Exposition of Genesis 1-11: Genesis 1:28

Genesis 1:28

God blessed them and said to them, Be fruitful and multiply! Fill the earth and subdue it! Rule over the fish of the sea and the birds of the air and every creature that moves on the ground.
(NET Bible)

The mission God gave humanity

Humanity had a God-given mission to accomplish from the very beginning. God did not leave the man and woman in doubt about whether there was a God or whether he had orders for those he had made.

What would God say about humanitys management of the ecosystem? What would God say about the extensive extinction of species under our care? What would God say about the attention we devote to our comfort compared to the attention we give the mission he assigned to us so long ago? We are going to find out!

Blessing from God has already occurred in Genesis 1:22, when God blessed the creatures that swarm in the sky, the land and the sea. But there is a major difference between Gods communication in Genesis 1:22 and his communication in Genesis 1:28. In both cases God pronounces a blessing, but only to the man and the woman does he speak –God said . . . to them (Gen. 1:28, emphasis added). In this indirect way we learn that the man and woman had the ability to communicate with God, and they understood what he said.

Another implicit lesson in Genesis 1:28 is that God wanted the man and woman to know what he expected of them. He did not leave them without guidance. You may be thinking, Well, of course! But some who (allegedly) believe in God do not believe as you do. For example, the deists, such as Benjamin Franklin, Thomas Jefferson and Thomas Paine, held that God created the world but had nothing further to do with it; man was left with only the guidance of reason. Deism is very far from Genesis! Genesis teaches that God communicated with humankind from the start and made clear what he wanted.

So important is this theme of blessing that commentator Gordon Wenham says, Genesis may be described as the story of fulfillment of the divine promises of blessing.[1] So, of what does a blessing consist? Consider the following Word Study.

Word Study bless

The Hebrew verb barak occurs in an intensive form in Gen. 1:28 where NET translates it as God blessed them. The word means: to bless = to endue [i.e., to furnish with a gift] someone with special power.[2] In this verse it appears that the power is to reproduce, to subdue the earth and to rule over the creatures God has made.

In addition to the mandate to reproduce and fill the earth, humanitys rulership is stated even more strongly than it was in Genesis 1:26. Not only does God say to rule over the creation but also to subdue it. The latter verb is the Hebrew verb kabash, which means subjugate[3] [a seldom-heard English word which means to bring under control, conquer[4]]. However, God does not say that the man and woman should rule or subdue other human beings or each other.[5] In addition, animal life was not granted as food until after the flood (Gen. 9:3). A manager of the world has to know these things!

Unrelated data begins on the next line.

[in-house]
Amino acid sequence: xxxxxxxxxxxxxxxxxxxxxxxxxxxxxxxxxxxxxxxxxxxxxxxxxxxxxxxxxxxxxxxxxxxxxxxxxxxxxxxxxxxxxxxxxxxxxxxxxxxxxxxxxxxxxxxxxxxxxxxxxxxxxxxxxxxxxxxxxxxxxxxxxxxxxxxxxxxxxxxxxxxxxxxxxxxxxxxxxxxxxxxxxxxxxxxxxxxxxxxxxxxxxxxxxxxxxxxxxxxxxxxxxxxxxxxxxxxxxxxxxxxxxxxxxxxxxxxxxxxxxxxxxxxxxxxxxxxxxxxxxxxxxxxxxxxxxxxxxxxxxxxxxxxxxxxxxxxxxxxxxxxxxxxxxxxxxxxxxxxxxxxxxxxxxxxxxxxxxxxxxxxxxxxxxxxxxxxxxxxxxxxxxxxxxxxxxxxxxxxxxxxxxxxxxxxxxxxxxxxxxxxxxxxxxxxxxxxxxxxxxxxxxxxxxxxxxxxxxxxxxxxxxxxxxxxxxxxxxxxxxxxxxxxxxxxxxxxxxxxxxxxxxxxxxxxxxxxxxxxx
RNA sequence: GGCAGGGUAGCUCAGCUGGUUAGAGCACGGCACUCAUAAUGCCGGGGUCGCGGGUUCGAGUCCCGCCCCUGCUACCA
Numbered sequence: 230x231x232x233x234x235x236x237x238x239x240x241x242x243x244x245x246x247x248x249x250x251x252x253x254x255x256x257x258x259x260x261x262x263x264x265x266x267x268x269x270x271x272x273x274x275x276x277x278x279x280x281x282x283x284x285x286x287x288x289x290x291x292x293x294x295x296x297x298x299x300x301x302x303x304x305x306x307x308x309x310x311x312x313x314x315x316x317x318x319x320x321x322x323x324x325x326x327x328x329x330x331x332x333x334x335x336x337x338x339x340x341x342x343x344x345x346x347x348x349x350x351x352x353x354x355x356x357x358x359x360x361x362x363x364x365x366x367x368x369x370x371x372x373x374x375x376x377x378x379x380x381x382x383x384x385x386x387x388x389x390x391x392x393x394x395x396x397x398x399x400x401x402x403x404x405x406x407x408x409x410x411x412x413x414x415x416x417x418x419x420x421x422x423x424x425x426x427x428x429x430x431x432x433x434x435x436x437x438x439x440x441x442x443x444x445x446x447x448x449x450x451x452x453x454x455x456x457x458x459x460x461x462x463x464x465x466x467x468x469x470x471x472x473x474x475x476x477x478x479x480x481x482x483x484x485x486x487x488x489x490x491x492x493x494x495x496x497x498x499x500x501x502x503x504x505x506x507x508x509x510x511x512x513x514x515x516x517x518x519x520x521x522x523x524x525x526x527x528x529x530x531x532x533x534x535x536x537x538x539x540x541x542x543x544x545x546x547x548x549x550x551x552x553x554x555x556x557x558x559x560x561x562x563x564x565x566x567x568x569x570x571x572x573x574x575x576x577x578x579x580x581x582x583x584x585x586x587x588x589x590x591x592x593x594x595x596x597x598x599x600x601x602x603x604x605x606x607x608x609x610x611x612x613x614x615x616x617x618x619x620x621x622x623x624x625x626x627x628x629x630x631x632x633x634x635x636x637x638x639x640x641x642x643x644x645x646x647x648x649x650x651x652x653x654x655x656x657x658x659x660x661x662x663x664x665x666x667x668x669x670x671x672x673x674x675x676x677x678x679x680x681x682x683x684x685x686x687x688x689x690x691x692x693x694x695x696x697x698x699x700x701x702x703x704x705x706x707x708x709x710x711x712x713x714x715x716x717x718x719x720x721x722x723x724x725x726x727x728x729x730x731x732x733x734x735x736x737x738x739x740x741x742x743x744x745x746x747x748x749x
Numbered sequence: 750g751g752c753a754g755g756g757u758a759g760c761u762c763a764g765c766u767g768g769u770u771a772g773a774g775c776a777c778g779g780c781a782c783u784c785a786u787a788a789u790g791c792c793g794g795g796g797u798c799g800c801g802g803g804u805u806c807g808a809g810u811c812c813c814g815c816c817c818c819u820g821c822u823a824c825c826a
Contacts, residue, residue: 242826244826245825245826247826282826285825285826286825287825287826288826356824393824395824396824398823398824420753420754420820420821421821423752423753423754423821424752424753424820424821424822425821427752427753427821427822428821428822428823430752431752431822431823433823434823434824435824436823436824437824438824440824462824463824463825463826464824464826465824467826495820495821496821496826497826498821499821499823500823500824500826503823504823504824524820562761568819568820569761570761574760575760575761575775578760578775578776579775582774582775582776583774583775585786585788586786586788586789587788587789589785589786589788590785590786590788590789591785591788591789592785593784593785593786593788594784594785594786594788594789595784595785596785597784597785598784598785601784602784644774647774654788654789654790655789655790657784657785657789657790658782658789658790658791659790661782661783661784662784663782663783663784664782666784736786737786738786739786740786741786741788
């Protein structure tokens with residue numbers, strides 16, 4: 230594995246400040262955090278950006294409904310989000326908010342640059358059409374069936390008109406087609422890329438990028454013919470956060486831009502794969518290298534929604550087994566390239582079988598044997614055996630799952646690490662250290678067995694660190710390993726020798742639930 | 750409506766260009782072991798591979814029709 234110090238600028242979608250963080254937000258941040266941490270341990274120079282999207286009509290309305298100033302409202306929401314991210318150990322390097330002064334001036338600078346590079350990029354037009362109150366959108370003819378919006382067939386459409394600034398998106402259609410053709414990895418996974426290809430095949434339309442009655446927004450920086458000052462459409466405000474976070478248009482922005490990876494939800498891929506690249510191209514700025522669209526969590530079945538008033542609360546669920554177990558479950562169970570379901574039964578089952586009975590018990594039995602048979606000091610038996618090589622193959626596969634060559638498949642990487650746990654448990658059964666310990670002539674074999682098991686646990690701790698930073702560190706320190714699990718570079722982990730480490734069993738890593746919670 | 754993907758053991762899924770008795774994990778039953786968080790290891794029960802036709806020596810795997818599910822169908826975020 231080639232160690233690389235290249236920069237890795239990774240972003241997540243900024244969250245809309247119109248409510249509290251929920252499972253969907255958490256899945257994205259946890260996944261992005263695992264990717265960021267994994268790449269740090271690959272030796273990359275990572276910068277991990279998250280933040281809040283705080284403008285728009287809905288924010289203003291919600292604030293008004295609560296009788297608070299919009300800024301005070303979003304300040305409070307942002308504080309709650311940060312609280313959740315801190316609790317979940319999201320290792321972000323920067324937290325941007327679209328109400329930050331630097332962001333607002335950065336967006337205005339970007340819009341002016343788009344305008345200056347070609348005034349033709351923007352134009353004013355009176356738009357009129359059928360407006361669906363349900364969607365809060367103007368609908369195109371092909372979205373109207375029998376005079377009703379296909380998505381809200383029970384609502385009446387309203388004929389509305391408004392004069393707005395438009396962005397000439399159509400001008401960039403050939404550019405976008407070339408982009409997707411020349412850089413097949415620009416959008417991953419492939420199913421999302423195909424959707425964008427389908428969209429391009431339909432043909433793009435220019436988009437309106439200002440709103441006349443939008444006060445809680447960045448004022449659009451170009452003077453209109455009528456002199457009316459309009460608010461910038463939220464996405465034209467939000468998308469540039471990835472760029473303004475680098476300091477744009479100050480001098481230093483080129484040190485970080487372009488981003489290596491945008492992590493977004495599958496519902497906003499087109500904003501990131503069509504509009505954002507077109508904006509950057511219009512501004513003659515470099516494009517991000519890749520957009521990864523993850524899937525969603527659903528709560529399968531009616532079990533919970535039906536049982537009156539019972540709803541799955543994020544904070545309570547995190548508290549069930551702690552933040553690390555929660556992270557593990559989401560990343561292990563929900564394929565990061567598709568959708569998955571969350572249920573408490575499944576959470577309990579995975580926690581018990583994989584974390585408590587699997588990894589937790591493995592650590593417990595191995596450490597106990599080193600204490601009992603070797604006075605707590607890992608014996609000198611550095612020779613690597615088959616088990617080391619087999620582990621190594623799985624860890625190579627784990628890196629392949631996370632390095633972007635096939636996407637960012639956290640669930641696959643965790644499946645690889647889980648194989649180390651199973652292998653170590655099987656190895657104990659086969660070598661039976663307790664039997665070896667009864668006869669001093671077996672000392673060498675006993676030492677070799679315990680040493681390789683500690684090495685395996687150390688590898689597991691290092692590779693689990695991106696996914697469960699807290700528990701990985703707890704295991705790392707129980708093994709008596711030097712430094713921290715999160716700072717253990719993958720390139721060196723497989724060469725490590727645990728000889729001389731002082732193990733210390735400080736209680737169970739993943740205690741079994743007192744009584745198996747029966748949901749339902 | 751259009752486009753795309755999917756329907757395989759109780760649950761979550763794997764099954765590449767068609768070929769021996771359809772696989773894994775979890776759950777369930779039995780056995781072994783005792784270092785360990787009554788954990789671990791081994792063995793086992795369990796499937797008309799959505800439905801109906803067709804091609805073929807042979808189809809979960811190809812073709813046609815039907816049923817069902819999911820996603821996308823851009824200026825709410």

Copyright 2011 by Barry Applewhite. All rights reserved worldwide. Derived from material created for Christ Fellowship, McKinney, Texas. Used by permission.


[1] Gordon J. Wenham, Genesis 1-15, Word Biblical Commentary (Nashville: Word Incorporated, 1987) 24.

[2] L. Koehler, W. Baumgartner and J. J. Stamm, The Hebrew and Aramaic Lexicon of the Old Testament, translated and edited under the supervision of M. E. J. Richardson. 5 vols. (Leiden, The Netherlands: Brill, 1994-2000) barak, bless, q.v.

[3] HALOT, kabash, bring under control, q.v.

[4] subjugate. The American Heritage Dictionary of the English Language, Fourth Edition. Houghton Mifflin Company, 2004. 28 Aug. 2008. <Dictionary.com http://dictionary.reference.com/browse/subjugate>.

[5] Victor P. Hamilton, The Book of Genesis: Chapters 1-17, The New International Commentary on the Old Testament (Grand Rapids: William B. Eerdmans Publishing Company, 1990) 139, fn 21.

 

Exposition of Genesis 1–11: Genesis 1:26

Genesis 1:26
Then God said, “Let us make humankind in our image, after our likeness, so they may rule over the fish of the sea and the birds of the air, over the cattle, and over all the earth, and over all the creatures that move on the earth.” (NET Bible)

Humans as Merciful Kings under God

Did you ever see a rat with morals or a guppy that could read Shakespeare? No, I thought not! And you have probably never wondered why no such creature exists. Perhaps you should.

Evolutionary naturalism, the prevailing secular viewpoint, cannot explain why we see human beings with moral systems and the ability to read Shakespeare when the rest of animal life on earth has no such ability. You would think a cogent explanation would emerge from the secular model, if it is true.